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April 30, 1968


Thomas A. Aurelio, Spec. Ref.

Author: Aurelio

 This is an action for a declaratory judgment. The issue presented is whether defendant American Motorists Insurance Company validly disclaimed liability of its automobile liability insurance policy issued to defendant Joseph Bock; and if it did, whether plaintiffs may proceed against the defendant MVAIC under article 17-A of the Insurance Law. The individual defendants have not appeared or answered.

The case was submitted on an agreed statement of facts on April 5, 1968. It appears that on August 26, 1963 the plaintiffs, all of whom are infants under 10 years of age except Nathan, were passengers in an automobile driven by defendant Ben Shafran with the permission of the owner Joseph Bock. While driving through Monticello, an accident occurred causing the plaintiffs to be thrown to the pavement. The action to recover damages for the personal injuries they claim to have sustained was commenced in the Supreme Court, Kings County, by service of a summons and complaint upon defendant Joseph Bock on August 30, 1965 and is now pending. The automobile was covered by a policy of automobile liability insurance issued to defendant Bock, the owner of the car, by the defendant American Motorists, some time prior to the accident. As soon as he was served with the summons and complaint on August 30, 1965, more than two years after the accident, he immediately notified his insurance carrier, defendant American Motorists, this being the first notice from any source the insurance carrier was given of the accident. On September 17, 1965 American Motorists disclaimed liability by letters to its assured defendant Bock; to defendant Shafran, the driver of the car; and to attorney Marcel Weisman, associate counsel for the plaintiffs. The disclaimer was based on Bock's failure to report the accident within a reasonable time as required by the terms of the policy. The record shows Leon Traube, Esquire, the attorney for the plaintiffs, mailed claim letters dated October 1, 1963 both to defendant Bock, the owner of the car, and defendant Shafran, the operator. No reply was received. A follow-up claim letter was mailed to defendant Shafran on October 15, 1963. No reply was received. In a recorded statement of defendant Bock, taken September 7, 1965, by defendant American Motorists, Bock stated he had loaned the car to defendant Shafran and that when Shafran returned the car to him that day Shafran told him that he had picked up a hitchiker somewhere near Monticello who fell out of the car and "I asked him if this fellow was hurt or not, and he said no, nothing serious so I figured forget it"; and that he did not notify his insurance broker because "I did not think it was anything at the time" -- that he "wasn't in the car at the time".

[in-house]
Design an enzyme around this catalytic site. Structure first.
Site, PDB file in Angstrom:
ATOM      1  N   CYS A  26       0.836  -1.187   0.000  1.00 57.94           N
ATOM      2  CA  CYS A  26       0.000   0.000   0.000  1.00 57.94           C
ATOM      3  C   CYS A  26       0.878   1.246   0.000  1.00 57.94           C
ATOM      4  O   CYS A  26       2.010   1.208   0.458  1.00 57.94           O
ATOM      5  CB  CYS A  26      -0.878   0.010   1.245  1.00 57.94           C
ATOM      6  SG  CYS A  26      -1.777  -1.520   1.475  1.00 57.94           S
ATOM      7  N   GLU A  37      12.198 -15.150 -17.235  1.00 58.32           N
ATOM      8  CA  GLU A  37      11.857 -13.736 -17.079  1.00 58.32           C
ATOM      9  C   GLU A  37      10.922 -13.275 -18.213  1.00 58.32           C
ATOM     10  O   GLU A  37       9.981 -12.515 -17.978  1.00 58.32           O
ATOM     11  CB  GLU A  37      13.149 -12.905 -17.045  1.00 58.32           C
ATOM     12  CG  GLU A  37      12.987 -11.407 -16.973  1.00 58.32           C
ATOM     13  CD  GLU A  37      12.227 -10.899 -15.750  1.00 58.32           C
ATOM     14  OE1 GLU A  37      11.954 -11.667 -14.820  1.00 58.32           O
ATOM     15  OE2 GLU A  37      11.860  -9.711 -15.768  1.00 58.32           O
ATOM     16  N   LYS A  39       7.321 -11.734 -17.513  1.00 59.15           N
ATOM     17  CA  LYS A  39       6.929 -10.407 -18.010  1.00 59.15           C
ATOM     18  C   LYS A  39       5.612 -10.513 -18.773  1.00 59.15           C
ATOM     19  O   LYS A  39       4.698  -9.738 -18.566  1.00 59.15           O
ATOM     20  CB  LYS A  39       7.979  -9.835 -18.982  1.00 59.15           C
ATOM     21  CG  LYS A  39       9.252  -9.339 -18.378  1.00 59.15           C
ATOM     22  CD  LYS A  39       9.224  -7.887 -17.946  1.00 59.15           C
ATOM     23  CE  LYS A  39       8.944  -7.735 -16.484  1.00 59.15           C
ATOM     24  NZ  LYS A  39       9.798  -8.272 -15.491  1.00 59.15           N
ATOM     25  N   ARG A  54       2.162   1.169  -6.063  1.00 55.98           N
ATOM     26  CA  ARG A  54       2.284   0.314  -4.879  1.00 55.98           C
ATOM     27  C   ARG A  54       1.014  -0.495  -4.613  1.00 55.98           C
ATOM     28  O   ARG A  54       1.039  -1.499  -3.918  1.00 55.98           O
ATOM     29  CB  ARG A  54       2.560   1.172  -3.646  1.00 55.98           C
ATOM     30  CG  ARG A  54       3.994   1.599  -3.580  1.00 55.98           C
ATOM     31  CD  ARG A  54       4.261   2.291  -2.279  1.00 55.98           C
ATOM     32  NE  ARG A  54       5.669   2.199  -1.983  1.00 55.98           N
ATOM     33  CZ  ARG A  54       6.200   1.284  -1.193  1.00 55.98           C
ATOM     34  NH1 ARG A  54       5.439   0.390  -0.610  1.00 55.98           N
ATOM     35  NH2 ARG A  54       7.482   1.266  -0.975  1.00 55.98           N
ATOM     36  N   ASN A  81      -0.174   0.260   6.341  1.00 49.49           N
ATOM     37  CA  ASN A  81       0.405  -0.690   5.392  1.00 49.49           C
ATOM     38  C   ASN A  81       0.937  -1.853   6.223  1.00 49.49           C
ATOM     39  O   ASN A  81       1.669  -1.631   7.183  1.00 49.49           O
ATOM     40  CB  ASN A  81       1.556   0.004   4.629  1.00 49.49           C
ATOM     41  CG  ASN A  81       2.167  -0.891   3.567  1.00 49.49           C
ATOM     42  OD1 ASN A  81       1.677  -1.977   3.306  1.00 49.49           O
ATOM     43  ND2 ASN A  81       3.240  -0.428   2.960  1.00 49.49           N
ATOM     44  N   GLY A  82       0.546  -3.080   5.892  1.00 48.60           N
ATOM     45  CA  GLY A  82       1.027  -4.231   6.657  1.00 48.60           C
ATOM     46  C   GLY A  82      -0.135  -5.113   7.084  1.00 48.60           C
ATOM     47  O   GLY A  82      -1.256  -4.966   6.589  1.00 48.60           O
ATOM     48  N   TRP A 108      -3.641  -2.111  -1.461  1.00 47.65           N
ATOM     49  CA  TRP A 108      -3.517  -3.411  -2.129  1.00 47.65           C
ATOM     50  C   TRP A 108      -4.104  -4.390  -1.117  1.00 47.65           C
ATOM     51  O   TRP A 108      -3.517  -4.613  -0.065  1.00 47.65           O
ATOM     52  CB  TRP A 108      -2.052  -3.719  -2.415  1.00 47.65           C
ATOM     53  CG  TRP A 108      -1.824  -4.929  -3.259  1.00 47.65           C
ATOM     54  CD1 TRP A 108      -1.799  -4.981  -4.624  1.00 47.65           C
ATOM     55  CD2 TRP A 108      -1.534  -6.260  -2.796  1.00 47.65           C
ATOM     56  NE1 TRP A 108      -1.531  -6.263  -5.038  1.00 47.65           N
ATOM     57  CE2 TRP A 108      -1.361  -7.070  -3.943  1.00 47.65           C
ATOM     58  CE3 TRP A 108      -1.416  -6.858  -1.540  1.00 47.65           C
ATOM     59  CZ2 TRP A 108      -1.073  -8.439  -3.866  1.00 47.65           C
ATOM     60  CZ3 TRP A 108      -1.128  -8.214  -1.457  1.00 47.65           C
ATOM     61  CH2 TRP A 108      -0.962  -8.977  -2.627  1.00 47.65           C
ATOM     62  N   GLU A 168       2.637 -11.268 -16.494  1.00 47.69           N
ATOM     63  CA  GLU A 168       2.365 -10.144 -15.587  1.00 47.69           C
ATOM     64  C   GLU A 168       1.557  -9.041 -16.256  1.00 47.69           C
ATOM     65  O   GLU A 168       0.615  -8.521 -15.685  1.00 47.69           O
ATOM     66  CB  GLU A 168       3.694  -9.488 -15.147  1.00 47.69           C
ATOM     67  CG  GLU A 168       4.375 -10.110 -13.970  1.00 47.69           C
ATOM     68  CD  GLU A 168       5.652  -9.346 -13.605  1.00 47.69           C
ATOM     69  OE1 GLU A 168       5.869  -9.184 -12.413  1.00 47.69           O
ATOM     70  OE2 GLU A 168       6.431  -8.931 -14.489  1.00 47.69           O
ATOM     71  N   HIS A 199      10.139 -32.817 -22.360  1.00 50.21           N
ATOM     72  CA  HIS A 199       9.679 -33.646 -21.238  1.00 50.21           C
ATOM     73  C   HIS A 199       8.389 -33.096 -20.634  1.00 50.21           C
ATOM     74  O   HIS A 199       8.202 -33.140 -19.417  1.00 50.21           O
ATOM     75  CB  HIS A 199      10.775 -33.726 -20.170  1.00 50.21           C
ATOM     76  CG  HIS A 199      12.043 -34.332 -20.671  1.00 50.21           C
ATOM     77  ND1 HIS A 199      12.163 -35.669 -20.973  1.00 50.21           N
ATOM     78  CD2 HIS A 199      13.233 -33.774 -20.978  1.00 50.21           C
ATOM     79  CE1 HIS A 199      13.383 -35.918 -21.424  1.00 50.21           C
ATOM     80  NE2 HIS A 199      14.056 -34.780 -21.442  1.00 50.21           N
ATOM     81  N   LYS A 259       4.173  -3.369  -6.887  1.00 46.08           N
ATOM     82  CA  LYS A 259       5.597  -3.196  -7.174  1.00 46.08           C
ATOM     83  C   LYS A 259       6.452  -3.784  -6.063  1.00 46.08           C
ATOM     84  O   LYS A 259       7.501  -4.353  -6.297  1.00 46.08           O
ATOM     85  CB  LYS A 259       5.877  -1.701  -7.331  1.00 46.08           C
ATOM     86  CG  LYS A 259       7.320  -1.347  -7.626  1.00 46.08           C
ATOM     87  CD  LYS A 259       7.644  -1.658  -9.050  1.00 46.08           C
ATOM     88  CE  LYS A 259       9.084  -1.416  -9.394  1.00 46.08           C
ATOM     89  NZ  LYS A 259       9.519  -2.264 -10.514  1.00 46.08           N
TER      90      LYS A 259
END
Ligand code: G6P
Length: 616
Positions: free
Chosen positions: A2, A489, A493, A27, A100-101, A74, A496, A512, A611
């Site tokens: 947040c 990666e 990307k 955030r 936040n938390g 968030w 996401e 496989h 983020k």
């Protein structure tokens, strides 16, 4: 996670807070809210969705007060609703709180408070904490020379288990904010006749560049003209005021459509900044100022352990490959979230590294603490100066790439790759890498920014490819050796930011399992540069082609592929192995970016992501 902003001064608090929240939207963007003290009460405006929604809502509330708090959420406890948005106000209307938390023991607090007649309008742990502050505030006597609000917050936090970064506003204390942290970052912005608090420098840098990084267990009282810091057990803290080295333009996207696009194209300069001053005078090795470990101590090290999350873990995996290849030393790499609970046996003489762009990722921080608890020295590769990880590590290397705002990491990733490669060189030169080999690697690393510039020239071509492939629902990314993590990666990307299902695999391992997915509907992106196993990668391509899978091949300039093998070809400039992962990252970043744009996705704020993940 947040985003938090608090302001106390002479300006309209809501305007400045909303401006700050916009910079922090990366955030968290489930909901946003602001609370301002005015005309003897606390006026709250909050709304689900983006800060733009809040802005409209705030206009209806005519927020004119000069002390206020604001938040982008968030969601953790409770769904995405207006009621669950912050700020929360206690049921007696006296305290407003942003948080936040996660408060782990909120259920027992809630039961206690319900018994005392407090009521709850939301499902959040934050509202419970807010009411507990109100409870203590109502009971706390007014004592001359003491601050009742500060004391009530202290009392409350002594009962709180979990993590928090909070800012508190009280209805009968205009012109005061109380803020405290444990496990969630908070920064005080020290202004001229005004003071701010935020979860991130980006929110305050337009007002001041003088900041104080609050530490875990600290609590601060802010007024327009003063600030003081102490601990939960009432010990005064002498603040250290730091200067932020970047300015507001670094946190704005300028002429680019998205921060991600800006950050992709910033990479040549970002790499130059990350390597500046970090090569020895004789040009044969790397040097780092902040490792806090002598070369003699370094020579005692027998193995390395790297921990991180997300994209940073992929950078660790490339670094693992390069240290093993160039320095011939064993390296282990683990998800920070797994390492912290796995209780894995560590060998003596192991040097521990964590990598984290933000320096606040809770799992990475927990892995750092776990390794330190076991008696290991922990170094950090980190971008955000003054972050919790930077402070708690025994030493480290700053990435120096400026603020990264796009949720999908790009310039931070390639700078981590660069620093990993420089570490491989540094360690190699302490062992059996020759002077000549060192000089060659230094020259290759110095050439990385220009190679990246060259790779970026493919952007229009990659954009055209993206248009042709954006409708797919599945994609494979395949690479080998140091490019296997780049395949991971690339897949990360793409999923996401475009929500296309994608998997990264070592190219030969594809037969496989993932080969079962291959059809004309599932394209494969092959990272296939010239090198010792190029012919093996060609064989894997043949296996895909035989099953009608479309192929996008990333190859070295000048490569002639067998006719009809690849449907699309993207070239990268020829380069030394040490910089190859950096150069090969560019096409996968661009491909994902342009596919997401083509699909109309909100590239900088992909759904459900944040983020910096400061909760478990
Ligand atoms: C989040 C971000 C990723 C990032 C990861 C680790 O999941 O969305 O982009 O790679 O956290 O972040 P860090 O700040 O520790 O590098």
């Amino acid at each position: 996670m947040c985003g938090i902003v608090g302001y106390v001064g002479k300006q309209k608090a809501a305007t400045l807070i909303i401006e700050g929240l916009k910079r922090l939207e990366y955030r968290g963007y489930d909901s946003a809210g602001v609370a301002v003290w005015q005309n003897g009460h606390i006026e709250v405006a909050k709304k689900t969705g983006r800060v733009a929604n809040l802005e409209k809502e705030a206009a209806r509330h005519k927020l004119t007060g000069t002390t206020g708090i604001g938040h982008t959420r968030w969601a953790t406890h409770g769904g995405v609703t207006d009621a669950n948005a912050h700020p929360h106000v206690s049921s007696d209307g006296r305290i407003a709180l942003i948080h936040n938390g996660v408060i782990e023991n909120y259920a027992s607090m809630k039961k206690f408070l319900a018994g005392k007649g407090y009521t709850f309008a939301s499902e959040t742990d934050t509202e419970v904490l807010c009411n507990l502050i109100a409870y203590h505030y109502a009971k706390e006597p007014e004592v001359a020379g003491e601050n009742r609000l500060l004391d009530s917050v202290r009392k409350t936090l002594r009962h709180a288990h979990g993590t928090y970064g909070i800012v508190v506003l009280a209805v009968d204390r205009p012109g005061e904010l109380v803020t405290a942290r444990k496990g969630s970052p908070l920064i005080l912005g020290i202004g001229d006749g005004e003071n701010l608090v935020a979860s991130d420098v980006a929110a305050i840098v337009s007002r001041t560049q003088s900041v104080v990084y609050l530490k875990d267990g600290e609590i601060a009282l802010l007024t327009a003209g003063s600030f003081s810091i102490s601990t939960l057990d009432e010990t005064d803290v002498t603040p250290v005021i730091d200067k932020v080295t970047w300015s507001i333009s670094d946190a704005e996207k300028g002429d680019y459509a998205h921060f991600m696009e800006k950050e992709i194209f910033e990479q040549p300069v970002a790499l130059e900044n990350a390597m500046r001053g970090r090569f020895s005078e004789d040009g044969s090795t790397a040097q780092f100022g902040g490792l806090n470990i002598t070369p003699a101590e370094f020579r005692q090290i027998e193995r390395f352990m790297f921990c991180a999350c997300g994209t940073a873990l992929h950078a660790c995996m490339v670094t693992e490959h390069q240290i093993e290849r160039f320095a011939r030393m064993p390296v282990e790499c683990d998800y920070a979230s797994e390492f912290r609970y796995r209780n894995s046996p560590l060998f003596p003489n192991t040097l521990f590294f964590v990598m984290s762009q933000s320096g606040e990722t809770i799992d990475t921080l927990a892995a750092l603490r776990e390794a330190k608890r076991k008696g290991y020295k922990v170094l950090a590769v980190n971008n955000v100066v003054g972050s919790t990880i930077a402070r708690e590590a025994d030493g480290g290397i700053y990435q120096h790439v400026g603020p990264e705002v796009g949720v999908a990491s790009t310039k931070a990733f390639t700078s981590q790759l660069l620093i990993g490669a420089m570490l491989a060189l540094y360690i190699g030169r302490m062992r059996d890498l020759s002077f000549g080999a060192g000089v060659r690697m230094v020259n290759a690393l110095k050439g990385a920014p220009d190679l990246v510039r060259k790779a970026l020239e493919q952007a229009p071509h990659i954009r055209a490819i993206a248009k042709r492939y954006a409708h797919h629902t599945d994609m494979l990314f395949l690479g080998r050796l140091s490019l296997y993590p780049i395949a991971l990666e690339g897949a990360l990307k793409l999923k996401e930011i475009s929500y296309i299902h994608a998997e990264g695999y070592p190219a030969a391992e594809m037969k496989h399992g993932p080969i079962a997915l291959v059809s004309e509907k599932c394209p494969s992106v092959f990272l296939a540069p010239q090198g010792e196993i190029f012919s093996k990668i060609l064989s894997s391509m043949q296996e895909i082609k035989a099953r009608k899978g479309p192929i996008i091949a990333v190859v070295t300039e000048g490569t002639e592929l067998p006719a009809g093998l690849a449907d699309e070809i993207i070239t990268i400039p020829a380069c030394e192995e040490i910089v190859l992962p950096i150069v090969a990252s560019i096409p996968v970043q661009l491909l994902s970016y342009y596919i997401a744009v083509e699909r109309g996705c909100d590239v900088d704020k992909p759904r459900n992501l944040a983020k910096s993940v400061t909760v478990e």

Both the plaintiffs and the defendant MVAIC now contend that upon the information Bock had received from Shafran there was no duty on Bock's part to report the occurrence to his insurance carrier because he was justified in treating it as a trivial matter. Numerous cases are cited by both and relied upon as so holding, among which see Melcher v. Ocean Acc. & Guar. Corp. (226 N. Y. 51) and General Acc. Fire & Life Assur. Corp. v. Skow (2 Misc. 2d 167). Be that as it may, there is present in this case an additional factor that has a direct bearing on the question of the validity of the disclaimer by American Motorists and that is the claim letter dated October 1, 1963 mailed by the plaintiffs' attorney Traube to defendant Bock wherein it is stated: "I have been retained by Nathan Gertzulin and his family to institute an action against you for personal injuries and the property damage sustained by them due to the negligent operation of your car by Benjamin Shafran on August 26, 1963. Please forward this letter to your insurance company". This letter was mailed to Bock 36 days after the occurrence of the accident and would have given notice to the insurance carrier if Bock had turned it over to the insurance carrier, which he did not do. Clearly, this letter put Bock on notice that personal injuries and property damage were claimed and a lawsuit would be commenced. Thus, Bock could no longer treat the occurrence as a trivial matter and not report it to defendant American Motorists as required by the terms of the policy. Accordingly, I find and decide the disclaimer by American Motorists to its insureds was valid and precludes such insureds and the claimants from recovery under the policy.